The results were quite interesting. By adjusting both tame and recover controls we could see and hear some improvements in the overall EQ. This was then dynamically following the music, without any noticeable artefacts, which was quite impressive. Important to notice that in both cases the guitar was the only signal delivered to this plugin, so whatever clash of frequencies it was trying to resolve were results of unbalanced frequency response coming out of the amp modeller (or my sloppy playing), and not a result of instruments fighting for frequency response real estate in a mix. The pictures are static but the results are quite dynamic and change as the song progresses.
Plugin Disabled Guitars Only
Plugin Enabled Guitars Only
We also did try routing all guitars to an aux bus and applying the plugin to that instead of the individual tracks, and the results were quite similar, perhaps slightly better as the plugin now has knowledge of both rhythm and solo guitars at the same time.
Plugin Enabled on Aux Bus Guitars Only
The other alternative we’ve tried was plugging the Gullfoss at the end of the mix of the same song with the same guitar tracks, but then turning the instances plugged into individual guitar tracks off. That way it would receive context from both guitars at the same time as well as drums and bass.
Plugin Enabled on Stereo Out
The results here were even more impressive; with full context of the song this plugin really shines. The overall brightness and clarity was significantly improved and all it took was tweaking two knobs – as we did leave the brighten and boost controls alone for most of the testing, and didn’t use the bias much. Doing this by hand would require mad automation skills and auditory perception. Hear the comparison and you should be able to see the difference in the clarity of the guitar sound and the overall balance of the mix, even considering that this was just a rough ‘pick up your guitar and play’ kind of experiment.
For the tests we’ve utilised a 2017 iMac with 3.6 GHz Intel Core i7, 16GB of RAM and mac OS Mojave, running Logic Pro X 10.4.4.
The CPU load was fairly low (around 5% in addition to Logic Pro X itself and the multiple instances of Helix Native), with almost negligible additional RAM consumption even when running multiple instances of the plugin.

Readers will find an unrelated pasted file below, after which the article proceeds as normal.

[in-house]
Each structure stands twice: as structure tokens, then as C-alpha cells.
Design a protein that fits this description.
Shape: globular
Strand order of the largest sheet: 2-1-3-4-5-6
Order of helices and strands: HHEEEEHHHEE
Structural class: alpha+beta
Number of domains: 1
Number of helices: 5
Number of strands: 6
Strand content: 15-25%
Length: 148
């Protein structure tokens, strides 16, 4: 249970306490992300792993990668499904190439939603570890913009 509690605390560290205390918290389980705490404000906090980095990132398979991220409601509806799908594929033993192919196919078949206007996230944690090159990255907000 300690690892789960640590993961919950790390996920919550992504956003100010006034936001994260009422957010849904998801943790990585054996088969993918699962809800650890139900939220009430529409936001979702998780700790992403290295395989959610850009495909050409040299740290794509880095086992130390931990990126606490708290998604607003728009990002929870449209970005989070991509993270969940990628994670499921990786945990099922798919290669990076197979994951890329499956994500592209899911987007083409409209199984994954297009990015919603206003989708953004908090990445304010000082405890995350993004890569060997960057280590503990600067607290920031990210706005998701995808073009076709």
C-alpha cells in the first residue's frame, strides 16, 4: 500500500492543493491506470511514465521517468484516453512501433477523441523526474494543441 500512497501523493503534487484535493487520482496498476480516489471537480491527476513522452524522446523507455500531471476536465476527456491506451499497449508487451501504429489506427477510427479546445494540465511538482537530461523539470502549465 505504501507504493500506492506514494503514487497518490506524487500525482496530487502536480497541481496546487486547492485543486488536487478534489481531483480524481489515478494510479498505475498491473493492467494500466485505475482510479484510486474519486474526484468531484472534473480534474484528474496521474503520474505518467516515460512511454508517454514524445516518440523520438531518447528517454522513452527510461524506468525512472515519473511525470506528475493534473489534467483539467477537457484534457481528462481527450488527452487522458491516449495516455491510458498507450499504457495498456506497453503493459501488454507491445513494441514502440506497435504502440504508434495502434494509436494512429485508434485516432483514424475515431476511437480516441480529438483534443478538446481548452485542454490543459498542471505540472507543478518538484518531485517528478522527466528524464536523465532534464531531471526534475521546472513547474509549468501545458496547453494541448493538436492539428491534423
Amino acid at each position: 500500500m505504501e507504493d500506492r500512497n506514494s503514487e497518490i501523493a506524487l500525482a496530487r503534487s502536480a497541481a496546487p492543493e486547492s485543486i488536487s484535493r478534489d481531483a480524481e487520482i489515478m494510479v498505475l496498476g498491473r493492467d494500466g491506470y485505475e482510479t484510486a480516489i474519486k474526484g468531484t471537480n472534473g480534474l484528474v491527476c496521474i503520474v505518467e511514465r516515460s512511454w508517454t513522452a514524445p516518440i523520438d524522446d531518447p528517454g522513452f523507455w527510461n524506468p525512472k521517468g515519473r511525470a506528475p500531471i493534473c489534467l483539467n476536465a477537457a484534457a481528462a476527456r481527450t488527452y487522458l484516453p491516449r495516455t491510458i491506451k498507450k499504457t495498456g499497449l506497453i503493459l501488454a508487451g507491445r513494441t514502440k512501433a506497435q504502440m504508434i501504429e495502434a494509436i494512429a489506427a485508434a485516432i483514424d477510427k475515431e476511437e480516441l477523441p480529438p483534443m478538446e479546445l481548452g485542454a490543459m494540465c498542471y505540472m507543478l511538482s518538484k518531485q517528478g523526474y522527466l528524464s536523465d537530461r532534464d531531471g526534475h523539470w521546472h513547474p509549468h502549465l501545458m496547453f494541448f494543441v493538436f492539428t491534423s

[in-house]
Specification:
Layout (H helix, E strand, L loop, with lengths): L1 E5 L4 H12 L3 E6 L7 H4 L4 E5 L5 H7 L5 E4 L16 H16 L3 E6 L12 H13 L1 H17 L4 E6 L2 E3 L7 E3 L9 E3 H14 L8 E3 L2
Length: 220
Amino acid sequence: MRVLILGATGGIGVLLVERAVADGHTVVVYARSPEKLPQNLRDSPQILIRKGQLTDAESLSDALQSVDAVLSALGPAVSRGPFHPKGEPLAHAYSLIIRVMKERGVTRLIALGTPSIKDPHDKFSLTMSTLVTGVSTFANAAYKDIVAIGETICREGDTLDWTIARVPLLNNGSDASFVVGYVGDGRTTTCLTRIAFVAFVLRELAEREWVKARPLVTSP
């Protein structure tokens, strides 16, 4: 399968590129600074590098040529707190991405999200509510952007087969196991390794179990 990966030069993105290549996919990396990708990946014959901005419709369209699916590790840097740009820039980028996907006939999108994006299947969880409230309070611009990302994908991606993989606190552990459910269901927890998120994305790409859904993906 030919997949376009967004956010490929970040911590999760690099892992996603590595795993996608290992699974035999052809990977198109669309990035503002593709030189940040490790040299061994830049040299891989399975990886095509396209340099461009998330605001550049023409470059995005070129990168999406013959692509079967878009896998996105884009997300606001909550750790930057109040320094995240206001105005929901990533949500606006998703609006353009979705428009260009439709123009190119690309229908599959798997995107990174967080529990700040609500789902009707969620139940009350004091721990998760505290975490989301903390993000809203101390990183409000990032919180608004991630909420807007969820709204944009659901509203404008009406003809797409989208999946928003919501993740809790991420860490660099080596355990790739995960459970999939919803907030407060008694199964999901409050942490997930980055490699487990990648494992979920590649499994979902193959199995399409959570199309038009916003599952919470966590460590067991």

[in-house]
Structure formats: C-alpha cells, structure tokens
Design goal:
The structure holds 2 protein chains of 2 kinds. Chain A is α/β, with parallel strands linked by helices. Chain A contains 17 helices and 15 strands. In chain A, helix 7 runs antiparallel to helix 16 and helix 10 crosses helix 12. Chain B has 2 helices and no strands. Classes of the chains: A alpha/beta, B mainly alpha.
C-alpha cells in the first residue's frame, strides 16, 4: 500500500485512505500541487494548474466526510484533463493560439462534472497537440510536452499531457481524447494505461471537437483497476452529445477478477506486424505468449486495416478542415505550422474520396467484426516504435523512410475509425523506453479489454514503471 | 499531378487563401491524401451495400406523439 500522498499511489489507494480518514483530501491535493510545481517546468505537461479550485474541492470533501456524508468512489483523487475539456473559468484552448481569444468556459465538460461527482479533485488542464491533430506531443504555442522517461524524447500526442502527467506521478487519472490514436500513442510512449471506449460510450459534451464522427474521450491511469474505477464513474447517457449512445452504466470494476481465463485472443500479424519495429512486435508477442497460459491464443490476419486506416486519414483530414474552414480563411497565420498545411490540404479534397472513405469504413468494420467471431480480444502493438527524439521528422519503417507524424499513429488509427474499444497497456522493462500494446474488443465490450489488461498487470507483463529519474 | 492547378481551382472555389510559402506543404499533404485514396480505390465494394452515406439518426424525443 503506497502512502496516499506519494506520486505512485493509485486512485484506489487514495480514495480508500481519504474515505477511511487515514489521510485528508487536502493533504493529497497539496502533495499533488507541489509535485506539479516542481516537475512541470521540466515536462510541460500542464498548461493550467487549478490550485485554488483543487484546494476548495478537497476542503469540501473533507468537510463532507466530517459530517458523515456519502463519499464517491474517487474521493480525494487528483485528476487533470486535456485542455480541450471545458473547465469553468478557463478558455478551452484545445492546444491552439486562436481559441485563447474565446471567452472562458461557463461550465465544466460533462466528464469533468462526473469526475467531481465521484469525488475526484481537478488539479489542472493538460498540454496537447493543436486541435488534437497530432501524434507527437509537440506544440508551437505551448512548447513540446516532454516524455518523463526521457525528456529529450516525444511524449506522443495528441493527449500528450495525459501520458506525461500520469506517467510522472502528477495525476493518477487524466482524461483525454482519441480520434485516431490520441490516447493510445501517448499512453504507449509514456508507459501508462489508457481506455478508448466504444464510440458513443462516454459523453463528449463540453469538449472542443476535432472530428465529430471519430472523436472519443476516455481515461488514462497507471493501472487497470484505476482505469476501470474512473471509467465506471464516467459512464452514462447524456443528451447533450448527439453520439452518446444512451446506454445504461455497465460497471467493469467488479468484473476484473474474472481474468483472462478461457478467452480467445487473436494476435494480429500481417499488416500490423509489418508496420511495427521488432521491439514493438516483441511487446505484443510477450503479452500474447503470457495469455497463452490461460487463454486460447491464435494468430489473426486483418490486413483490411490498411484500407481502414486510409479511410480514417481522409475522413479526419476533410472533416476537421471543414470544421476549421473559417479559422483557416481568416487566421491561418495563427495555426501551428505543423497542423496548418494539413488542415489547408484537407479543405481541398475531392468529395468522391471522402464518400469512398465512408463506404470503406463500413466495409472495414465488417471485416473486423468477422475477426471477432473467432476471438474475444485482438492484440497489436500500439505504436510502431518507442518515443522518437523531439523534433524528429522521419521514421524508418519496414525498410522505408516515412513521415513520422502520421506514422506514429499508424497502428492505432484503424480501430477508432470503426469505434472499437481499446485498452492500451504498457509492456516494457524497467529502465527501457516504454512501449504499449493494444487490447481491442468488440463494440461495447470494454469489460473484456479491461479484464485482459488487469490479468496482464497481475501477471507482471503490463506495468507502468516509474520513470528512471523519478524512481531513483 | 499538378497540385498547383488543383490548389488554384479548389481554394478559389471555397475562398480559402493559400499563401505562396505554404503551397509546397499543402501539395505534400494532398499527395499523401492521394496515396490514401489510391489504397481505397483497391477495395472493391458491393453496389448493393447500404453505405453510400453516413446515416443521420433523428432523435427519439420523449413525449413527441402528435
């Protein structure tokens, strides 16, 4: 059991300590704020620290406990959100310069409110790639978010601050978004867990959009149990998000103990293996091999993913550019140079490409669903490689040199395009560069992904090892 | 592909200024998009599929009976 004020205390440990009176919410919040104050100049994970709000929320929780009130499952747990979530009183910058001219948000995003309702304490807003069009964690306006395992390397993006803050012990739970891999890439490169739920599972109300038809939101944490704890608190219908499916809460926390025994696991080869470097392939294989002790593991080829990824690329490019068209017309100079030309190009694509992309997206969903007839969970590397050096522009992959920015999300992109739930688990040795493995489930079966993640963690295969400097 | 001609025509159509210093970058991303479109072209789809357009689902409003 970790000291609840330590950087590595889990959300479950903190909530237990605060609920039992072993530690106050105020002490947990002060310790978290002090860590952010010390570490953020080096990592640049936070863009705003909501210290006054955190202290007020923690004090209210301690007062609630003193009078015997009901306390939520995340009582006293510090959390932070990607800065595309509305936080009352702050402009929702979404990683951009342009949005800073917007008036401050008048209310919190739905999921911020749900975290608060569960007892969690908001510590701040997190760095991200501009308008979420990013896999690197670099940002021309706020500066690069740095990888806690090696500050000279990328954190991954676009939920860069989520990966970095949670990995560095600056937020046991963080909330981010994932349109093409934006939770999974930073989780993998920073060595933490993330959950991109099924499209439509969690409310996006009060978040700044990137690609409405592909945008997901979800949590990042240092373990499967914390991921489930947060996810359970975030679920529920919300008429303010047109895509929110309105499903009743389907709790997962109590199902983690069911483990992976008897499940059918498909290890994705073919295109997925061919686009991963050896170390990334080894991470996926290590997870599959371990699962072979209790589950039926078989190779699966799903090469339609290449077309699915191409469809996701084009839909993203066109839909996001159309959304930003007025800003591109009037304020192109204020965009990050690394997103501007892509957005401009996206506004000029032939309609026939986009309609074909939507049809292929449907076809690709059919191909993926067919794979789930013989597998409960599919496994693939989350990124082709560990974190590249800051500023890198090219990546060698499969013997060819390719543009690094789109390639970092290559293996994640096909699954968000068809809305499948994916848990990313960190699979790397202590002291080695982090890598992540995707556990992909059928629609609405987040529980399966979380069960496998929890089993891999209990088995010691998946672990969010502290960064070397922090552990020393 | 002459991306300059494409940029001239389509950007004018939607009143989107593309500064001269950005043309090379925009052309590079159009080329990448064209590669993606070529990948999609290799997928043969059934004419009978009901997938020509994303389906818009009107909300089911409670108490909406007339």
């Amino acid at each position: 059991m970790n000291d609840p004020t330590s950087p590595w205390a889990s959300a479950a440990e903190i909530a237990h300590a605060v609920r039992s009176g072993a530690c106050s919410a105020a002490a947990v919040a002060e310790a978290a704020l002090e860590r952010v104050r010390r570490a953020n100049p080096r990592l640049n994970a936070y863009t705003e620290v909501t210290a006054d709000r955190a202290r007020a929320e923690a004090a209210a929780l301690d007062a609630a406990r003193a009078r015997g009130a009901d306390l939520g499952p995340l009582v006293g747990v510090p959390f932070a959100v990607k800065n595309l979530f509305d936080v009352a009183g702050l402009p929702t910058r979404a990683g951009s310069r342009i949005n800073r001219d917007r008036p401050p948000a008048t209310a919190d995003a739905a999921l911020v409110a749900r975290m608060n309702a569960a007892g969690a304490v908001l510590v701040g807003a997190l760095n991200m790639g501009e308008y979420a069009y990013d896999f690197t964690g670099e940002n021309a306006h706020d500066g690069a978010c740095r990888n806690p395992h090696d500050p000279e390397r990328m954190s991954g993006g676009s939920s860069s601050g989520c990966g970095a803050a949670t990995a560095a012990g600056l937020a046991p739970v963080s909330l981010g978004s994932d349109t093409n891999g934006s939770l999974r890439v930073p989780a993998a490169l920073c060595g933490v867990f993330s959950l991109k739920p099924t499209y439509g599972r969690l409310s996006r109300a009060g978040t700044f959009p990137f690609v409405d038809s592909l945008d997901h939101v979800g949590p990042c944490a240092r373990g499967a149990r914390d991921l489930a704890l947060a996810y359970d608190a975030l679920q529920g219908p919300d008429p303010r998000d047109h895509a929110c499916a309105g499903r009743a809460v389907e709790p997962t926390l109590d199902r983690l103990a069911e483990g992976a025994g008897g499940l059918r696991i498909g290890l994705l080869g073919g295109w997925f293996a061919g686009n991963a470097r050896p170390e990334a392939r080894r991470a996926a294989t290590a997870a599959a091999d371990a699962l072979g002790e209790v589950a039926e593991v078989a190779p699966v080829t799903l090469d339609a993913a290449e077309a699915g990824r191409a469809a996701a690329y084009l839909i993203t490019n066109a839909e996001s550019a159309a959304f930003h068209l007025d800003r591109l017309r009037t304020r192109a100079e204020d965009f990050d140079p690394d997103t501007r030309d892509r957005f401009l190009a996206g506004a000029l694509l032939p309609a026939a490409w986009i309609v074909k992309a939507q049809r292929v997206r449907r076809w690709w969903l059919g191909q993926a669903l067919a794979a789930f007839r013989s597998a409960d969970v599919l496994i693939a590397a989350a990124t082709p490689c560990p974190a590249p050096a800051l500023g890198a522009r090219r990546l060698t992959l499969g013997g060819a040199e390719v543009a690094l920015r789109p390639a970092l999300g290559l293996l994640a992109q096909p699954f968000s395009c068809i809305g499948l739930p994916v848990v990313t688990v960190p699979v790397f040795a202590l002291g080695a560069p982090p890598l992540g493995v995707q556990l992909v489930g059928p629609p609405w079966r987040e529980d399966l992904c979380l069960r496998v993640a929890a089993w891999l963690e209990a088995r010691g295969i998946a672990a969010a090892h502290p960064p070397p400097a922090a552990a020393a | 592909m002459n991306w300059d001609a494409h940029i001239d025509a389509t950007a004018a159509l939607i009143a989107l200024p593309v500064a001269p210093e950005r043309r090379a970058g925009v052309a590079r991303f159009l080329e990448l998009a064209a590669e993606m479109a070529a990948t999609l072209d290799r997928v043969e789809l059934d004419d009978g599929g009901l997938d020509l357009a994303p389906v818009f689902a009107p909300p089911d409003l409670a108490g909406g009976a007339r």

The bounced tracks didn’t present any additional artefacts in comparison with the original dry versions without the plugin.
During the testing no crashes or noticeable bugs were observed; the plugin was very responsive and quite easy to use.
There is no doubt that this plugin could save hours of work and make workflows for final mixing and even mastering far simpler. It allows inexperienced mastering engineers or mixing engineers to fix issues they didn’t even know they had. It saves time for professionals by automating something that would take much longer to do manually.
On the tests we ran we noticed that context matters quite a lot, so on a busier mix you really see the value of having this plugin in your chain. Since these tests were heavily geared towards guitar sounds, we would recommend checking out other reviews and also the examples they have on their website, which do include outputs from other types of instruments and mixes:
If you give it a try and want to exchange some ideas on how to use it, please feel free to drop us a line.
In case you are developing a plugin and want it reviewed, or you know an interesting plugin and want to suggest a review, use the form below and let us know.
If you want to purchase the gear we’re used for these tests, here are some Amazon links for RME Babyface pro, Universal Audio Apollo, Rupert Neve DI and Ibanez RG8570z:
Another option is Reverb, they have great used and new options of these products